However, the goal of the United States should not just be energy independence–the goal should be for the United States to become the world’s largest energy exporter. Over half of energy consumed in the European Union (which is far ahead of the USA when it comes to renewable energy usage) comes from imported sources, with Russia being the leading supplier of solid fuels (coal), crude oil, and natural gas to EU member states, exporting 29% of the solid fuels, 30.4% of the crude oil, and 37.5% of the natural gas consumed in the EU. The impact of Russian domination on the European energy market threatens the sovereignty of Eastern Europe, as evidenced by the Russian seizure of the Crimean Peninsula. Putin judged (correctly) that the European Union would not respond militarily to the invasion and annexation of Crimea, due in large part to its dependence on Russia for its energy needs. Should the United States achieve energy independence, the threat of American energy exports hitting the European market, combined with more pressing geopolitical threats from China and radical Islamic terrorism, could push Russia to cultivate closer ties with the West, the price of which would be guaranteed security for Eastern Europe, cooperation in the Middle East, and greater protection for human rights in Russia, as this blog has previously argued.

The foreign policy of the United States should be based on the goal that no ally should be forced to depend on any country that does not share the Western ideals of human rights and protection of individual liberty to fulfill its energy needs.

The impact would be swift and sudden. Since World War II, and especially in the last two decades, the United States has spent trillions of dollars and fought three wars which claimed thousands of American lives to ensure access to oil reserves around the world, most notably in the Middle East. American influence in the Middle East has bred resentment, due in large part to America’s financial and military support of dictators who employed brutal means to suppress their populations, such as the Shah in Iran, Saddam Hussein in Iraq (in the Iran-Iraq War), Hosni Mubarak in Egypt, and Zine El Abidine Ben Ali in Tunisia–all of who were overthrown, either by the U.S. military or popular uprisings, which in the case of Iran, Egypt, and Tunisia, brought extremist factions to power who pose an even greater threat to Middle Eastern security and American interests in the Middle East.

In addition to extremist elements coming to power in government, extra-state terrorist organizations such as Al Qaeda and ISIS have capitalized on the resentment toward American (and Western) involvement in the Middle East to fill their ranks with jihadists to take terror to the West. The remaining Gulf monarchies, most notably Saudi Arabia, have stayed in power by using oil revenues and American aid to bribe their populations into tolerating a status quo where women cannot vote or drive, homosexuality is punished by death, and Christianity is illegal–in addition to brutally suppressing the Arab Spring movement within their borders. The Saud family has used oil revenues (along with continued U.S. Foreign Aid) to provide financial support to the teaching and spread of Wahhabism, a interpretation of Islam that (conveniently for the royal family) holds that Muslims can be deemed infidels should they refuse to cede to the authority of the absolute sovereign, which in Saudi Arabia’s case is the king. Abd al-Wahhab, the founder of Wahhabism, believed that should a single Muslim leader emerge, the Caliph, all Muslims must submit to his authority. Those that refused would be executed. Alastair Crooke, a former MI-6 agent claims in a brilliant article in The Huffington Post of all places, that it is impossible to understand the rise of ISIS without understanding the support for and spread of Wahhabism in Saudi Arabia. ISIS has taken an even more literal view of the hardline Wahhabism sect of Islam and is trying to establish the Caliphate in the Middle East by forcing the West into submission through a prolonged terror campaign.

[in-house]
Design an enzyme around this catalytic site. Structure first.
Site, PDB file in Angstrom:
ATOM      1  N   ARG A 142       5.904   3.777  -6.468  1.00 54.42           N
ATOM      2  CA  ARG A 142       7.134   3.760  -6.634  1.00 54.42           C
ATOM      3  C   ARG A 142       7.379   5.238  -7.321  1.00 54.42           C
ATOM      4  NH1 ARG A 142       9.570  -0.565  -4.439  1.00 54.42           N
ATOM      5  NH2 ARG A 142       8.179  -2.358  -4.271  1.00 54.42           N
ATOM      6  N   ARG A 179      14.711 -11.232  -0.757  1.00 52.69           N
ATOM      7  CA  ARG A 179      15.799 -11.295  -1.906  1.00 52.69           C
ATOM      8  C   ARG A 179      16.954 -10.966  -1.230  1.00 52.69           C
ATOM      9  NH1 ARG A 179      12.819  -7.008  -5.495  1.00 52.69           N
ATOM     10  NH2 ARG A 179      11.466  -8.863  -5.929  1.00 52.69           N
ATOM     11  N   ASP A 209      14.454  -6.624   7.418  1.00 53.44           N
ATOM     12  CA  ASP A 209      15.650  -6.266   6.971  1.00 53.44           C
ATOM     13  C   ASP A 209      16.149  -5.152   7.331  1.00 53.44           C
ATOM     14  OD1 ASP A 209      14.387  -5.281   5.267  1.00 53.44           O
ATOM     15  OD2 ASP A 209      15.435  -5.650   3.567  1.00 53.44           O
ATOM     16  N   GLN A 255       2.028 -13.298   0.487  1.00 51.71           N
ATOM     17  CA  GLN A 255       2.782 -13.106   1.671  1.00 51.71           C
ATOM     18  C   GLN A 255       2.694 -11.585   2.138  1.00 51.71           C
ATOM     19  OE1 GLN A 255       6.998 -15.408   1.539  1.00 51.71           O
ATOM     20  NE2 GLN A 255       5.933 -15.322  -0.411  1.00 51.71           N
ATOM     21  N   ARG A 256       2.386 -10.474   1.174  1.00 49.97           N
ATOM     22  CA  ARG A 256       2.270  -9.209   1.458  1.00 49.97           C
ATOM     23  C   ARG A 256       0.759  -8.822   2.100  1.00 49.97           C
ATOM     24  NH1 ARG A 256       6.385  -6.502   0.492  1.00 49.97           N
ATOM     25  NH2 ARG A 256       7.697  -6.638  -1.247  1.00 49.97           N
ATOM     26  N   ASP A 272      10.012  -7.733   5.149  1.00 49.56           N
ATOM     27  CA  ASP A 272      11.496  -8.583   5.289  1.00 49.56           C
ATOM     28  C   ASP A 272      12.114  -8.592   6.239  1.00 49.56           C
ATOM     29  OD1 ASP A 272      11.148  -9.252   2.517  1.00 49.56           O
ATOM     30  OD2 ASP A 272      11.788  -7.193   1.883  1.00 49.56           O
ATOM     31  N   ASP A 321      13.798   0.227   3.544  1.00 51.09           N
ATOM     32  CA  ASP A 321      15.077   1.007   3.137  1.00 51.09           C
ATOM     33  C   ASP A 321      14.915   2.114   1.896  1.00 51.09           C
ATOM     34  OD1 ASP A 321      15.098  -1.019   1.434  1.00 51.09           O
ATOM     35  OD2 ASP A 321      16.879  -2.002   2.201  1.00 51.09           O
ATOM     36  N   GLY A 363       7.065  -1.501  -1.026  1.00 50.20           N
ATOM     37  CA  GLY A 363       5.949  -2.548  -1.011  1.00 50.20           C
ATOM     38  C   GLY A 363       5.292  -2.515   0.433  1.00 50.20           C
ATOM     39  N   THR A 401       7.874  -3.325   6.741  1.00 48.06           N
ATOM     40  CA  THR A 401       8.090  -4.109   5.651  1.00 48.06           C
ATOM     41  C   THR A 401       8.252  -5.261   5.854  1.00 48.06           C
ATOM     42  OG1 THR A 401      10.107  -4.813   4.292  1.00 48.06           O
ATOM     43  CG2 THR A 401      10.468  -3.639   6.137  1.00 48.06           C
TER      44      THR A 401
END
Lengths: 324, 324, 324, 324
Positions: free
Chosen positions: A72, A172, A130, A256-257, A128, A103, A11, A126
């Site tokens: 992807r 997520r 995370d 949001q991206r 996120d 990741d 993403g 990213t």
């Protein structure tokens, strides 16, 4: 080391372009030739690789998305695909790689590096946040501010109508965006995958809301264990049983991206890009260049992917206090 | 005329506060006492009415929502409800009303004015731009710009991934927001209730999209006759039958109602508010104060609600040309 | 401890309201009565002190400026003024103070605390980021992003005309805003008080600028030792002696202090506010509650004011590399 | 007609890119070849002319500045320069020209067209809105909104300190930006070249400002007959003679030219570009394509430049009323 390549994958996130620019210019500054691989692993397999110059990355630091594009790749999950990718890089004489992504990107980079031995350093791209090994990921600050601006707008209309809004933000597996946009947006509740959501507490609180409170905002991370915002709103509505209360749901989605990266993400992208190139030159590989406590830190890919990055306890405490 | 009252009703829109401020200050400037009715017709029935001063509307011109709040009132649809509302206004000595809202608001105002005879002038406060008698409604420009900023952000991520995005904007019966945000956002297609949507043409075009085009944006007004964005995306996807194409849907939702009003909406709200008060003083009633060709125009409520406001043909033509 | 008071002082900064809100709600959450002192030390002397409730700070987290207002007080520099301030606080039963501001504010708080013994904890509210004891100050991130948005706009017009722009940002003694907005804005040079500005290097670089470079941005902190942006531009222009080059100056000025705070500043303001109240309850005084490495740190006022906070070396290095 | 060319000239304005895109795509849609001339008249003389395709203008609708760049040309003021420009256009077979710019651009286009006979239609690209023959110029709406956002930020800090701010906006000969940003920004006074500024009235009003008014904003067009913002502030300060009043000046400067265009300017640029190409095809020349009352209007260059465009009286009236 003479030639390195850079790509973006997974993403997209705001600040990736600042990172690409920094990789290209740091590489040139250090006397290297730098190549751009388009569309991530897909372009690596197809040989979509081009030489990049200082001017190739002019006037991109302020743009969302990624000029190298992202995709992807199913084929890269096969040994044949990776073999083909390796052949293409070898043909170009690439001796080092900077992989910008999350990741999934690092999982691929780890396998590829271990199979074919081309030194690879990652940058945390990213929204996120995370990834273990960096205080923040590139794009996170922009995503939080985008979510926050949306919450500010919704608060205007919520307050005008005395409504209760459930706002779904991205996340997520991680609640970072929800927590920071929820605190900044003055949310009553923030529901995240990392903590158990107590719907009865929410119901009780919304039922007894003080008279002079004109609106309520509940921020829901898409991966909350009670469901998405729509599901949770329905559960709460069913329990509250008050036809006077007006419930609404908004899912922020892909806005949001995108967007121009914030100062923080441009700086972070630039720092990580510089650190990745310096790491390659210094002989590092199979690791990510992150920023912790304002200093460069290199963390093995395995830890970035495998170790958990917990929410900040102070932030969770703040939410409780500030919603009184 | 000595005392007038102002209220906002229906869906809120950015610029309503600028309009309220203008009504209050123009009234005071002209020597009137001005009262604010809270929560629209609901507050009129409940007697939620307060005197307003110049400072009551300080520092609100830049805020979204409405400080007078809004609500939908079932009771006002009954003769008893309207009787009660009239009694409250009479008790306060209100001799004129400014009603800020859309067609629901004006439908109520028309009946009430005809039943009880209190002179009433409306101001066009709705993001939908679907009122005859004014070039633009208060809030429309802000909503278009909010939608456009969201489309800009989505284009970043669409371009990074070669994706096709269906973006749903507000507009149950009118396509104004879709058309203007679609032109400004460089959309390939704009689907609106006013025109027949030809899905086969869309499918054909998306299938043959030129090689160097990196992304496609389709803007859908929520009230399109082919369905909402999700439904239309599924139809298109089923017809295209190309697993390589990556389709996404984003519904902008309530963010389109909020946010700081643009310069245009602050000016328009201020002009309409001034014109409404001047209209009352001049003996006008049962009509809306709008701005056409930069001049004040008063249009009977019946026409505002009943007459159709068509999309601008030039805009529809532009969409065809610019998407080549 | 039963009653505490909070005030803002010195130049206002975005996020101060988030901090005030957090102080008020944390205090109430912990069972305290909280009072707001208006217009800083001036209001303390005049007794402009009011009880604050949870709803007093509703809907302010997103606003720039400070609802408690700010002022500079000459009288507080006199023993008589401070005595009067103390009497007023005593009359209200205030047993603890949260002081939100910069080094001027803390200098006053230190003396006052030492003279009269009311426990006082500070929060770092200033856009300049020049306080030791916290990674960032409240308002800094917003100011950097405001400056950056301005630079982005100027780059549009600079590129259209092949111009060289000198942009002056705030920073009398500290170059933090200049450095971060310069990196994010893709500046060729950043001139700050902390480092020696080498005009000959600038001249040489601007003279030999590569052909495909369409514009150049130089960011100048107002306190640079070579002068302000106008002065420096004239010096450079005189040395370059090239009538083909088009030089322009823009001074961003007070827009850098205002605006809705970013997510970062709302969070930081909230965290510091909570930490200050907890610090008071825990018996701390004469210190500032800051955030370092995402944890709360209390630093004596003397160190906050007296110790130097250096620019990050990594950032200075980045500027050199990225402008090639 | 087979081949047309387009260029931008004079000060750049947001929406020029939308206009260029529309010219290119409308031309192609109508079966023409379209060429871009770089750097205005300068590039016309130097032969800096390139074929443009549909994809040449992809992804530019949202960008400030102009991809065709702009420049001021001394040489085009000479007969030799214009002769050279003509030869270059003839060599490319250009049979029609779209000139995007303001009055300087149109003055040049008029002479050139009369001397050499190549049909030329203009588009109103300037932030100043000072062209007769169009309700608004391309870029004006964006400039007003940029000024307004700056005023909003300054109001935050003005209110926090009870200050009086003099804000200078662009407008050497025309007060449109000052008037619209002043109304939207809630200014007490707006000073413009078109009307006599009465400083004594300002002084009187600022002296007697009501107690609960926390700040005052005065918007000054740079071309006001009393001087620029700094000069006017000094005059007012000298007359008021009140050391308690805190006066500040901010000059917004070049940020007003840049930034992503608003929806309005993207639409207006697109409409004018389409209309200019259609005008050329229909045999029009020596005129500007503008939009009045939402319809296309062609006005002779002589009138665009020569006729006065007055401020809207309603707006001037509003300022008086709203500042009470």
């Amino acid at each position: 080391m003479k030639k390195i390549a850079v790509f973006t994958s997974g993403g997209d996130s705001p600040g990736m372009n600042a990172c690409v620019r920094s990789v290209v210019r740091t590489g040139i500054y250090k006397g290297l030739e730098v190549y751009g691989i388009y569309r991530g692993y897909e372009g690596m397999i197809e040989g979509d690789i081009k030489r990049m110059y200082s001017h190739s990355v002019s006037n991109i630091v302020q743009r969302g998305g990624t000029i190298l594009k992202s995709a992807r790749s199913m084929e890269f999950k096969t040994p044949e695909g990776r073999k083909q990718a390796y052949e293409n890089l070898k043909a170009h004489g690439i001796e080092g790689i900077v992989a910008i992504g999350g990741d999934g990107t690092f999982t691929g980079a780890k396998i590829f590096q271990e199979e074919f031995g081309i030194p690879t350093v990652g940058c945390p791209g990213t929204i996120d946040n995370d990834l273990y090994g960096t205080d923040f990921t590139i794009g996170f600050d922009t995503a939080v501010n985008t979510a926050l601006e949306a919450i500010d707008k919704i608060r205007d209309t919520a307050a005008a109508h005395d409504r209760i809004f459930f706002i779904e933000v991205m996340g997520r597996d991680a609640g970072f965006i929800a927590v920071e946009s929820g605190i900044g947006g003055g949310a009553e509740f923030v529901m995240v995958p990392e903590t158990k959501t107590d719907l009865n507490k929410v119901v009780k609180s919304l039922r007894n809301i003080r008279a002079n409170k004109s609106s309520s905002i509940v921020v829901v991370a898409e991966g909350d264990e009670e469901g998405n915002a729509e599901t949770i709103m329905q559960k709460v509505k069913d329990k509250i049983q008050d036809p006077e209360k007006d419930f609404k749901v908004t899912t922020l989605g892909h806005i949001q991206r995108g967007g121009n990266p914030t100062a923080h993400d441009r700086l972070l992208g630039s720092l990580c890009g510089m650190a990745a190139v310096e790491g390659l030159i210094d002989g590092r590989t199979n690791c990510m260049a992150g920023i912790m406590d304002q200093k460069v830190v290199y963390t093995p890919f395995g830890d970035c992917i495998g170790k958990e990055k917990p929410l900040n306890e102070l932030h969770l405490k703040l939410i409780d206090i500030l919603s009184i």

Therefore, despite years of conflict, thousands of lives lost, and trillions of dollars spent, the current geopolitical landscape of the Middle East poses a severe threat to American national security, and continuous revenues from energy exports serve only to entrench an anti-American and anti-Western status quo where governments remain in power through using energy revenue to suppress popular movements. The effect of American energy independence on the national security of the United States is undeniable, because only through energy independence can the United States extricate itself from the Middle Eastern morass. Should America not only become energy independent, but also an energy exporter, European allies can be afforded the same security protections, not just from no longer needing to rely on the Middle East, but also from decreased dependence on Russia.